EXHIBITS

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Erasing Native American Religious Traditions: Cultural Erasure In The Twentieth Century

Array ( [0] => ENGL 6330 Spring 2018 [1] => no-show [2] => student exhibit )

The relationship of peoples to their sacred lands, to relatives with fins or hooves, to the plant and animals foods that anchor a way of life.

--LaDuke, Recovering the Sacred, 12.

Native American boarding school
A Native American boarding school

Sadly, any religions not Christian were banned from being practised on reservations until 1935.  This was enforced so strictly Native Americans faced imprisonment and heavy fines.  The idea that a government knows what religion is best for a people, specifically a people they legally don't govern, is dangerous.  Steve Talbot argues the recent fight over the words "under God" being in the Pledge of Allegiance is "tragically ironic as one reflects on the more than two hundred years of religious oppression that the indigenous peoples and nations of the United States have endured" (7).[1]  White Americans fought over whether a single word should be a part of their nation's proverb when Native Americans have been suppressed since white pilgrims set foot on American soil.   

Native American students in a white school
Native American children attending school

Like many programs instituted by churches, schools, and governments, the Indian Placement Program was developed by The Church of Jesus Christ of Latter-day Saints with good intentions.  Brigham Young, leader of the Mormon church during the second half of the 19th Century, encouraged the buying of Native American children so as to free them from slavery and then having the Saints "educate and acculturate the children as if they were their own."[2]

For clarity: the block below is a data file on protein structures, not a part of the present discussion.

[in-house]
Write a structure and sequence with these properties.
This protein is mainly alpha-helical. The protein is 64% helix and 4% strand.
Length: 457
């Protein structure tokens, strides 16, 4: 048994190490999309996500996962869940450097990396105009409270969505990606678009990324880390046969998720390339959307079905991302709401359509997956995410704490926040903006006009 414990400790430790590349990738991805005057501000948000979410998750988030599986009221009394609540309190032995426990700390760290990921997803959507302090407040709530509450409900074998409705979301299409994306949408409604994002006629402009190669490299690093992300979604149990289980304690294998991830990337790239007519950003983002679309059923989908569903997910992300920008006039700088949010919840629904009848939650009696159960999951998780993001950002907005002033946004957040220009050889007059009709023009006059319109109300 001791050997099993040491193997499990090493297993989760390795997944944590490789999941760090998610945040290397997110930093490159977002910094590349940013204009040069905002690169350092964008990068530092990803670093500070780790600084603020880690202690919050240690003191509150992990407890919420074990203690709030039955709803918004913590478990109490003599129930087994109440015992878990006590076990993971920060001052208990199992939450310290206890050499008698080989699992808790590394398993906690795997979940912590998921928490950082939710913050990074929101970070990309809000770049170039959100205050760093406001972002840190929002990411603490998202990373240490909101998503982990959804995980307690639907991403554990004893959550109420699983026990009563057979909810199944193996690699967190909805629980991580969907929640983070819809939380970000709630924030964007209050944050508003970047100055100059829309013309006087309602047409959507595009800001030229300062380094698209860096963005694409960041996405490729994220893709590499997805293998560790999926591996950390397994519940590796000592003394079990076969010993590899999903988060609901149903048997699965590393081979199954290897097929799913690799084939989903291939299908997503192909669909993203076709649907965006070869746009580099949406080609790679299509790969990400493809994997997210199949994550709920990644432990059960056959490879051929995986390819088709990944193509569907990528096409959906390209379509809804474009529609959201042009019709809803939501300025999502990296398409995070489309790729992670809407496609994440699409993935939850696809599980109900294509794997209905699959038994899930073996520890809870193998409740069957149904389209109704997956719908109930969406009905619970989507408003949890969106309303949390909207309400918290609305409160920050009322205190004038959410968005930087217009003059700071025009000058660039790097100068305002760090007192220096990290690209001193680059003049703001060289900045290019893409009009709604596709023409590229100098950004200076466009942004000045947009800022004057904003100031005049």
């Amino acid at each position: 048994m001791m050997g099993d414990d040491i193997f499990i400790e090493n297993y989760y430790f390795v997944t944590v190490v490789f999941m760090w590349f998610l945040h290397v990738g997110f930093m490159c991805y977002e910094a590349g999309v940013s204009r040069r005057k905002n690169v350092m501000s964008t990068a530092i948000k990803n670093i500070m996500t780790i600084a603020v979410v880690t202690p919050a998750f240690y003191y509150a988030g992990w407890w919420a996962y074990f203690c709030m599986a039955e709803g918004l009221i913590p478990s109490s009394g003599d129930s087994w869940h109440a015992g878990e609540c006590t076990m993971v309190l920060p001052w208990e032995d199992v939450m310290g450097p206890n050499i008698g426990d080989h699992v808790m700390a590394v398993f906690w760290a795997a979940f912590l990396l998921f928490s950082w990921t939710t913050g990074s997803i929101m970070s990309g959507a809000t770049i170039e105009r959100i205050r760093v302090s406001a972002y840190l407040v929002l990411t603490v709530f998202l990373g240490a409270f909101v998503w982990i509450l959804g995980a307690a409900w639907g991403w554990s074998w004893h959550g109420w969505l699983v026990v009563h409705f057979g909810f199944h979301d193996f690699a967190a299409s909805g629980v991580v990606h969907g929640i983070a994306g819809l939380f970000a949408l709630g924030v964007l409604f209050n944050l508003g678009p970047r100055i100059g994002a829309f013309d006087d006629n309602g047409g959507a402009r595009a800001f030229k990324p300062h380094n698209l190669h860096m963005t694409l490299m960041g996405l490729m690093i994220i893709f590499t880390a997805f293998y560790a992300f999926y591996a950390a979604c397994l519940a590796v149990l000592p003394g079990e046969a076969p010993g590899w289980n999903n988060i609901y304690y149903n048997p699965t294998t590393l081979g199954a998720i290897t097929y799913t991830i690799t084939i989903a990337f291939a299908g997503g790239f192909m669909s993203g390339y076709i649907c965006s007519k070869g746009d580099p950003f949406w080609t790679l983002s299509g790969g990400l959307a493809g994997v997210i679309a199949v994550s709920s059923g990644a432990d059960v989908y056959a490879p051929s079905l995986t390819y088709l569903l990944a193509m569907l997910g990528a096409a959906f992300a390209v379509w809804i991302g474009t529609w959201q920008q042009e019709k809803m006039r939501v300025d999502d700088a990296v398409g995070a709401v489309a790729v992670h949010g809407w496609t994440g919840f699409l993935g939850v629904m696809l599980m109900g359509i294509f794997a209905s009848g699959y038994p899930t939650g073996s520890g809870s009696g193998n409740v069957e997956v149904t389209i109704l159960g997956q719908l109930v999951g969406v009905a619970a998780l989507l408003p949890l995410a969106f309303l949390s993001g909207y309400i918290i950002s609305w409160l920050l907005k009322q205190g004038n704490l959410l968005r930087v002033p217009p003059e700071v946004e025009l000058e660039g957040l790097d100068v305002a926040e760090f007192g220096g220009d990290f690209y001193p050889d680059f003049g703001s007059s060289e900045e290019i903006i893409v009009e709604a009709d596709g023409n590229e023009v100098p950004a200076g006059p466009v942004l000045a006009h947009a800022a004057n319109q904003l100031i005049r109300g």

Many members of the LDS church and indeed many Native American tribe members supported the Indian Placement Program.  Native American's who opposed the program argued the Indian Placement Program was "an intrusion on the right to be fully Native American" (1).[3] 

In 1978 Congress passed the American Indian Religious Freedom Act (AIRFA).  This was meant to protect Native American cultural practices on reservations.  Many related acts and additions have been passed to support and strengthen the AIRFA to protect religious beliefs.  However, most Native Americans don't "relate to the word religion to explain their beliefs, traditions, and spiritual practices."[1]

These issues were being argued until the end of the twentieth century.  It seems many of the acts passed missed the point.  Arguably, since a Native American reservation is not part of the United States, and indeed their own nation, none of the acts passed and amended should have been necessary in the first place. 

[1] LaDuke, Winona. "Recovering the Sacred."  South End Press, 2005.

[2] Talbot, Steve. "Spiritual Genocide: The Denial of American Indian Religious Freedom, from Conquest to 1934." Wicazo SA Review, vol. 21, no. 2, 2006, pp. 7-39.

[3] Jones, Sondra (2000), The Trial of Don Pedro León Luján: The Attack against Indian Slavery and Mexican Traders in Utah, Salt Lake City

Image Credits

American Indian Boarding School. 1900. Minnesota Historical Society, http://www.mnopedia.org/american-indian-boarding-schools. Accessed Apr. 2018.

Genoa Indian Industrial School. Genoa Indian School Students. Genoa Indian Industrial School Museum. Wikimedia Commons, https://commons.wikimedia.org/wiki/File:Genoa_Indian_School_Students.JPG. Accessed 24 Apr. 2018